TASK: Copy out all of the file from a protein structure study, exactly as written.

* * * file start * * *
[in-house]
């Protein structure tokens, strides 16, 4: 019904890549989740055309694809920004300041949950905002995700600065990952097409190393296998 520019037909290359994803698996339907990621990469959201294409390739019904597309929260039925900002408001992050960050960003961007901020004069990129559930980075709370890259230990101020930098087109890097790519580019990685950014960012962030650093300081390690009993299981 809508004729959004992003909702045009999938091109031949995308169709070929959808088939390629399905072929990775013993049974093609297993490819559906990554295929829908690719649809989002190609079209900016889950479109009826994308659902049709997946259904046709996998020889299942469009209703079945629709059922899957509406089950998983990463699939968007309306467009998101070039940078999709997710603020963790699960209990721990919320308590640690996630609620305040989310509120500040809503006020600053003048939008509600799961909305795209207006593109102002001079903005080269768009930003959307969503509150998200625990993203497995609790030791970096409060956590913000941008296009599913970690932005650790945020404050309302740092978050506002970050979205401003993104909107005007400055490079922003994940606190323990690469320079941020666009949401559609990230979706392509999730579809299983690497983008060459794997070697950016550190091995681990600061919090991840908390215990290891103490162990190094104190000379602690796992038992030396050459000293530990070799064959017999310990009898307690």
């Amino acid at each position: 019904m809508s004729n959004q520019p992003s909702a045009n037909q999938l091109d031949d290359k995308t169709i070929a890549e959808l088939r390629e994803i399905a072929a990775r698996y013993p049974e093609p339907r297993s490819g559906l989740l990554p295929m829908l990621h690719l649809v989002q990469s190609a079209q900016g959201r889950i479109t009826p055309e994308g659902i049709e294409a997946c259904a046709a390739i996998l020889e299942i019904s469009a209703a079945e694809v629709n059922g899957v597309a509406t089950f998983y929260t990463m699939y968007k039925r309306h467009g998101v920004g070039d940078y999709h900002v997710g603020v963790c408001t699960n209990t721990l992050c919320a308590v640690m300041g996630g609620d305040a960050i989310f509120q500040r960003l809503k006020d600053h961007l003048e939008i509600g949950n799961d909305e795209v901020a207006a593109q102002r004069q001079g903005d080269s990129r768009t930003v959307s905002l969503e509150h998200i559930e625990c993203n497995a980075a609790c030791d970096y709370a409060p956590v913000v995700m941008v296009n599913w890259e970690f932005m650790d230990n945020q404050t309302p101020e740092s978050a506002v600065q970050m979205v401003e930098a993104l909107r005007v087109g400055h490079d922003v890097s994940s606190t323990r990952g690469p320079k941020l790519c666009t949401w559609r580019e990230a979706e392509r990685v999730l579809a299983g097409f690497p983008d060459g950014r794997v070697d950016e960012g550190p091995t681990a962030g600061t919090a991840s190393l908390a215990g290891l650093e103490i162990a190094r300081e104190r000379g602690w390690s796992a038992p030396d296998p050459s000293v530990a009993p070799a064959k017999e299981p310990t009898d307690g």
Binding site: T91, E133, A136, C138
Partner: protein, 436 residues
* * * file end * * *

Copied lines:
[in-house]
């Protein structure tokens, strides 16, 4: 019904890549989740055309694809920004300041949950905002995700600065990952097409190393296998 520019037909290359994803698996339907990621990469959201294409390739019904597309929260039925900002408001992050960050960003961007901020004069990129559930980075709370890259230990101020930098087109890097790519580019990685950014960012962030650093300081390690009993299981 809508004729959004992003909702045009999938091109031949995308169709070929959808088939390629399905072929990775013993049974093609297993490819559906990554295929829908690719649809989002190609079209900016889950479109009826994308659902049709997946259904046709996998020889299942469009209703079945629709059922899957509406089950998983990463699939968007309306467009998101070039940078999709997710603020963790699960209990721990919320308590640690996630609620305040989310509120500040809503006020600053003048939008509600799961909305795209207006593109102002001079903005080269768009930003959307969503509150998200625990993203497995609790030791970096409060956590913000941008296009599913970690932005650790945020404050309302740092978050506002970050979205401003993104909107005007400055490079922003994940606190323990690469320079941020666009949401559609990230979706392509999730579809299983690497983008060459794997070697950016550190091995681990600061919090991840908390215990290891103490162990190094104190000379602690796992038992030396050459000293530990070799064959017999310990009898307690």
């Amino acid at each position: 019904m809508s004729n959004q520019p992003s909702a045009n037909q999938l091109d031949d290359k995308t169709i070929a890549e959808l088939r390629e994803i399905a072929a990775r698996y013993p049974e093609p339907r297993s490819g559906l989740l990554p295929m829908l990621h690719l649809v989002q990469s190609a079209q900016g959201r889950i479109t009826p055309e994308g659902i049709e294409a997946c259904a046709a390739i996998l020889e299942i019904s469009a209703a079945e694809v629709n059922g899957v597309a509406t089950f998983y929260t990463m699939y968007k039925r309306h467009g998101v920004g070039d940078y999709h900002v997710g603020v963790c408001t699960n209990t721990l992050c919320a308590v640690m300041g996630g609620d305040a960050i989310f509120q500040r960003l809503k006020d600053h961007l003048e939008i509600g949950n799961d909305e795209v901020a207006a593109q102002r004069q001079g903005d080269s990129r768009t930003v959307s905002l969503e509150h998200i559930e625990c993203n497995a980075a609790c030791d970096y709370a409060p956590v913000v995700m941008v296009n599913w890259e970690f932005m650790d230990n945020q404050t309302p101020e740092s978050a506002v600065q970050m979205v401003e930098a993104l909107r005007v087109g400055h490079d922003v890097s994940s606190t323990r990952g690469p320079k941020l790519c666009t949401w559609r580019e990230a979706e392509r990685v999730l579809a299983g097409f690497p983008d060459g950014r794997v070697d950016e960012g550190p091995t681990a962030g600061t919090a991840s190393l908390a215990g290891l650093e103490i162990a190094r300081e104190r000379g602690w390690s796992a038992p030396d296998p050459s000293v530990a009993p070799a064959k017999e299981p310990t009898d307690g």
Binding site: T91, E133, A136, C138
Partner: protein, 436 residues